Punch Drunk Wonderland

Is Nelson Agholor the Perfect Jeremy Maclin Replacement?

The first round of the 2015 NFL Draft is in the books and there wasn’t as much trade action as I was hoping to see. However, there was a fairly surprising move (or lack thereof) by the Philadelphia Eagles that has people talking today. Amidst weeks of trade talk and speculation Philly stayed put at pick #20 to pick up wide receiver Nelson Agholor. We were expecting something shocking from Chip Kelly, and what we got was…meh. But, you have our attention. Will the rookie be able to fill the void left by Jeremy Maclin’s departure? Our friends at numberFire.com have taken a look at the Eagles’ pick and Agholor’s potential.

The first round of any NFL Draft has plenty of sexy picks. Nelson Agholor isn’t one of them. He doesn’t have the crazy speed of a Kevin White, he doesn’t have the huge height of a Dorial Green-Beckham, and he doesn’t have the insane stats of an Amari Cooper.

My grandfather would often say when he’d beat me at a hand in poker, “I’d rather be lucky than good any day.” But I imagine if my grandfather was Tom Coughlin or Bill Belichick he might say “I’d rather be good than sexy.”

And Nelson Agholor is just that. He’s good.

He didn’t run a 4.35 40-yard dash like Kevin White, but his 4.42 40 time was tied for seventh in the class. He didn’t have 1,700-plus receiving yards like Amari Cooper, but he ranked seventh in receptions (104), seventh in touchdowns (12), and ninth in yards (1313).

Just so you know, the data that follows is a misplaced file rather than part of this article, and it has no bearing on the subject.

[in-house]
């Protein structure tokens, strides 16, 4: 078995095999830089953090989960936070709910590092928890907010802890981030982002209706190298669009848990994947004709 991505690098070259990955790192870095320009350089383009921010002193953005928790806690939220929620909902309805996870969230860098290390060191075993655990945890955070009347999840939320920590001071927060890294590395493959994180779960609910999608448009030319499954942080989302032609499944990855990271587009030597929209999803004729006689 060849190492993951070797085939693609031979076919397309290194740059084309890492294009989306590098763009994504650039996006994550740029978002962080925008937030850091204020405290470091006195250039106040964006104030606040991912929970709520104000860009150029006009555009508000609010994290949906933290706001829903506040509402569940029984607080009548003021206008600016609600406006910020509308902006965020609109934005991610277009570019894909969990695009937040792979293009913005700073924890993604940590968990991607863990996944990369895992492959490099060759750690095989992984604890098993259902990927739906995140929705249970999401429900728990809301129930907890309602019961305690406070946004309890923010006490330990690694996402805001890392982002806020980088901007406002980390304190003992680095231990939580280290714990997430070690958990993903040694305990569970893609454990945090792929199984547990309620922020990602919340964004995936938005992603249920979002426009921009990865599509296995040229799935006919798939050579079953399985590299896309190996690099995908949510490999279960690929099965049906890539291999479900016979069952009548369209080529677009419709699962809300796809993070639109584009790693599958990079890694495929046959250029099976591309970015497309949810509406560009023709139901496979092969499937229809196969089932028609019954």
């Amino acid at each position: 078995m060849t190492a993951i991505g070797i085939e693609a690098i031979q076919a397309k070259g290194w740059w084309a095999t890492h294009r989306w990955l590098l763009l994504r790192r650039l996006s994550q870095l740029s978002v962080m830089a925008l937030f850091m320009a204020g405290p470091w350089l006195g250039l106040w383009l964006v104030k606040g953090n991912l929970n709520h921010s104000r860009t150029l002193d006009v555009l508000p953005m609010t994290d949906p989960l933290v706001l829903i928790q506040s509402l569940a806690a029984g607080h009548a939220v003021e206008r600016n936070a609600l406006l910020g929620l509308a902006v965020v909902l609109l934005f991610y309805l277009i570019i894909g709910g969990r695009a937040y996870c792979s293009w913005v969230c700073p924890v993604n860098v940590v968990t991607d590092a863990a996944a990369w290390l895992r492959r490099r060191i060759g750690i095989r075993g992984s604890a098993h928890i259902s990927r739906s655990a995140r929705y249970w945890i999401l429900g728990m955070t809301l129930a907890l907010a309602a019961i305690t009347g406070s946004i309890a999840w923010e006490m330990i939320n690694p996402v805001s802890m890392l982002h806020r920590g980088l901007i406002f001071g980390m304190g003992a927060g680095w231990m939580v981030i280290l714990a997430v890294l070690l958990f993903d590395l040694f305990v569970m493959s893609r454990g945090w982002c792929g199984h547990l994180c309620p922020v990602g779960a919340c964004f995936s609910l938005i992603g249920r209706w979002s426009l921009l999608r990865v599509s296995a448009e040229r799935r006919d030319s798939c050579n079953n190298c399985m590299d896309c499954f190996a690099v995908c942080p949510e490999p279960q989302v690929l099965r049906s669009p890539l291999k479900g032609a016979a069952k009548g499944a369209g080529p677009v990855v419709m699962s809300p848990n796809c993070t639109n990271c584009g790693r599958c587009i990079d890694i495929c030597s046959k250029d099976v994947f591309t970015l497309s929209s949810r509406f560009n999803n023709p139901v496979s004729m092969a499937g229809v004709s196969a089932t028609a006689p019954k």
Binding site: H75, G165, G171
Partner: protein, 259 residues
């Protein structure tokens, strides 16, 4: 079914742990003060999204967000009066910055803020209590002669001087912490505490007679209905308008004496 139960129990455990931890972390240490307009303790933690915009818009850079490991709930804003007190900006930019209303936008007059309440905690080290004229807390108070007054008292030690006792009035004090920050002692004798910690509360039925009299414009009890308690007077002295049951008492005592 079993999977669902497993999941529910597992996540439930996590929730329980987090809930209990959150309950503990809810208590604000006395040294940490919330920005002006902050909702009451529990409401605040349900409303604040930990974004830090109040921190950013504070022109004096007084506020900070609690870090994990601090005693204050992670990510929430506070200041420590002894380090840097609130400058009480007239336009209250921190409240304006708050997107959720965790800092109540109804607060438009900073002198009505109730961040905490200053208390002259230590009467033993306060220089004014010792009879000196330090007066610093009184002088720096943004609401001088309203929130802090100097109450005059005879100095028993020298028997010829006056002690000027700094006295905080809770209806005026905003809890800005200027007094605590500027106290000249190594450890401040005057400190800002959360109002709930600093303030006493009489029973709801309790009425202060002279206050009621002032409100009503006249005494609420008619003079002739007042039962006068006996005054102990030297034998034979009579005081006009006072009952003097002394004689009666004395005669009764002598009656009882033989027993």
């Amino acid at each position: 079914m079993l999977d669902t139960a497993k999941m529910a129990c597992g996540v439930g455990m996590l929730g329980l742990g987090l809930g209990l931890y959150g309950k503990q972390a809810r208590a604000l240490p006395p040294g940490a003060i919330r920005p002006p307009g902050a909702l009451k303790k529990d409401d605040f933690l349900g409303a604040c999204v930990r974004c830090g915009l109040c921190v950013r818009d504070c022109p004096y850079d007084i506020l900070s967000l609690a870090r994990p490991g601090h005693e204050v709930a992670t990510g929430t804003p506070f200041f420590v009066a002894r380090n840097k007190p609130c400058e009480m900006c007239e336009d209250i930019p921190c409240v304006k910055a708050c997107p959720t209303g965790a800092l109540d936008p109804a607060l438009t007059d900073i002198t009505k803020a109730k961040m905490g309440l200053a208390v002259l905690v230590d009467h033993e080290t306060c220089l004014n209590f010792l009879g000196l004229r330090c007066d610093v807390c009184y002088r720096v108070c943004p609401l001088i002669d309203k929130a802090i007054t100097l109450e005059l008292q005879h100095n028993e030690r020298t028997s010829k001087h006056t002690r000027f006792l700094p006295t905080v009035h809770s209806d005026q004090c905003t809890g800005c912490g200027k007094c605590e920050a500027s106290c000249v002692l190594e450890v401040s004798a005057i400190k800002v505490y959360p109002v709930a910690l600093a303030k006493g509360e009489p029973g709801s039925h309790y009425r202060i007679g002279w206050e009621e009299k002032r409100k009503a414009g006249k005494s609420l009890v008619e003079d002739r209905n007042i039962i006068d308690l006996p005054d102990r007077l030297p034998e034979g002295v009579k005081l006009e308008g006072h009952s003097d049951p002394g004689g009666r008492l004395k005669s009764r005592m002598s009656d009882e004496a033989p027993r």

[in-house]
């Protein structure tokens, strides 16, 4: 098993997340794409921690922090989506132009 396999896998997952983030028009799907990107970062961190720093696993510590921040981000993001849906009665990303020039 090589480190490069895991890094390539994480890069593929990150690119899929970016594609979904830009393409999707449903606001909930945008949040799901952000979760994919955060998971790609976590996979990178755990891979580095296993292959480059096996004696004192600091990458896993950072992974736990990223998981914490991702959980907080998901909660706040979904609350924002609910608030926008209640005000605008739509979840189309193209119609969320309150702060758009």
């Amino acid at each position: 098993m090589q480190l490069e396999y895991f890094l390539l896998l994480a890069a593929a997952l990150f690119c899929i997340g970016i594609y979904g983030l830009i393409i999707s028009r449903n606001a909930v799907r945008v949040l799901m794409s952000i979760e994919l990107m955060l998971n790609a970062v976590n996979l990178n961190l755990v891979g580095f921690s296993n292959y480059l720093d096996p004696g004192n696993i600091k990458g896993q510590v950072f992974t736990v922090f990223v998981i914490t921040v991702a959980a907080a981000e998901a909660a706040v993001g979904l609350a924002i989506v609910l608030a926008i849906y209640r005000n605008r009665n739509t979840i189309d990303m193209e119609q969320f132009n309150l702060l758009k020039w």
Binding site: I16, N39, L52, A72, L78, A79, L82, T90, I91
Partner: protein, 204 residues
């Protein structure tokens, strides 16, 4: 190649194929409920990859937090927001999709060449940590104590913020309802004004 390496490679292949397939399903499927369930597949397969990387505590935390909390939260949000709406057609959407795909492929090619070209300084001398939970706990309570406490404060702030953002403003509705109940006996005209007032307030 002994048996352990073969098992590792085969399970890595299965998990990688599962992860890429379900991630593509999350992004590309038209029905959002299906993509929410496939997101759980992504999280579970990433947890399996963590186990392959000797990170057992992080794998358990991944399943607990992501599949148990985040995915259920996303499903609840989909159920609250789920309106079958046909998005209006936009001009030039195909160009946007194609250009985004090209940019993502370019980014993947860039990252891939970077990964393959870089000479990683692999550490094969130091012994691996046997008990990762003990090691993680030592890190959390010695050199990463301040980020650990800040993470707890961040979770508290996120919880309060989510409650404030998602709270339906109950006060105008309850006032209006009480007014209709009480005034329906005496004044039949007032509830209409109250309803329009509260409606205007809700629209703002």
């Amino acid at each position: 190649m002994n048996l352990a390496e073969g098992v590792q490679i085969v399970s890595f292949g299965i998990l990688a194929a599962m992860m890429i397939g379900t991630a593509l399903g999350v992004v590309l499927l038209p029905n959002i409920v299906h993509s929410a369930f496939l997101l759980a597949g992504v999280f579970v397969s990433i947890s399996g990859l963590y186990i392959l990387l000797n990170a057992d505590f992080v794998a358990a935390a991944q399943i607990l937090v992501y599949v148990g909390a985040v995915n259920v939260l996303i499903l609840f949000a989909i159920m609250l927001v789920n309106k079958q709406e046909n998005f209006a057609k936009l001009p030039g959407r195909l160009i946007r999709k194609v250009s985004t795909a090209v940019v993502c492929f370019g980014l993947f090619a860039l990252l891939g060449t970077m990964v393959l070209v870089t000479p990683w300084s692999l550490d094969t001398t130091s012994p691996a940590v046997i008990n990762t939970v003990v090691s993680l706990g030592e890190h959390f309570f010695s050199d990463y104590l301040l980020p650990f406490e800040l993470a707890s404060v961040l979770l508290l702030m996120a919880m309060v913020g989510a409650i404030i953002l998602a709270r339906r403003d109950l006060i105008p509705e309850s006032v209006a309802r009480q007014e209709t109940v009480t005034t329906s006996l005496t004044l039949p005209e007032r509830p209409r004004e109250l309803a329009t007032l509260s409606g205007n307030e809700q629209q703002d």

Agholor played in an NFL pro-style offense at USC, lining up inside and out while displaying strong ability both after the catch and on the deep ball. He excels between the tackles and at getting separation whether through speed, burst, sharp breaks, or a variety of release moves. He’s a polished route-runner who catches the ball well and is considered one of the more elusive receivers in the class.

He displays good vision, balance, ball-handling, and — perhaps most importantly — good judgment. He’s smart, physical, plays hard and with good-effort, is a versatile option, and was named a team captain last year (his Junior year).

So, what’s there not to like? His critics argue that, although he does all of these things, he lacks the size and athletic ability to become a WR1. While he does have strong fundamentals, at 6”1” and 198 pounds, he’ll get overpowered on blocks and jammed at the line by more physical corners.

Continue reading at numberFire.com… (@numberfire)


K. Smelser About K. Smelser
Kelly Smelser is Owner/Senior Writer for Punch Drunk Wonderland and PDFantasy Sports. Architect of the PDW fantasy football world and general spinster of NFL and Fantasy Football news and analysis. Long walks on the beach, sunsets, and other such niceties are also fine...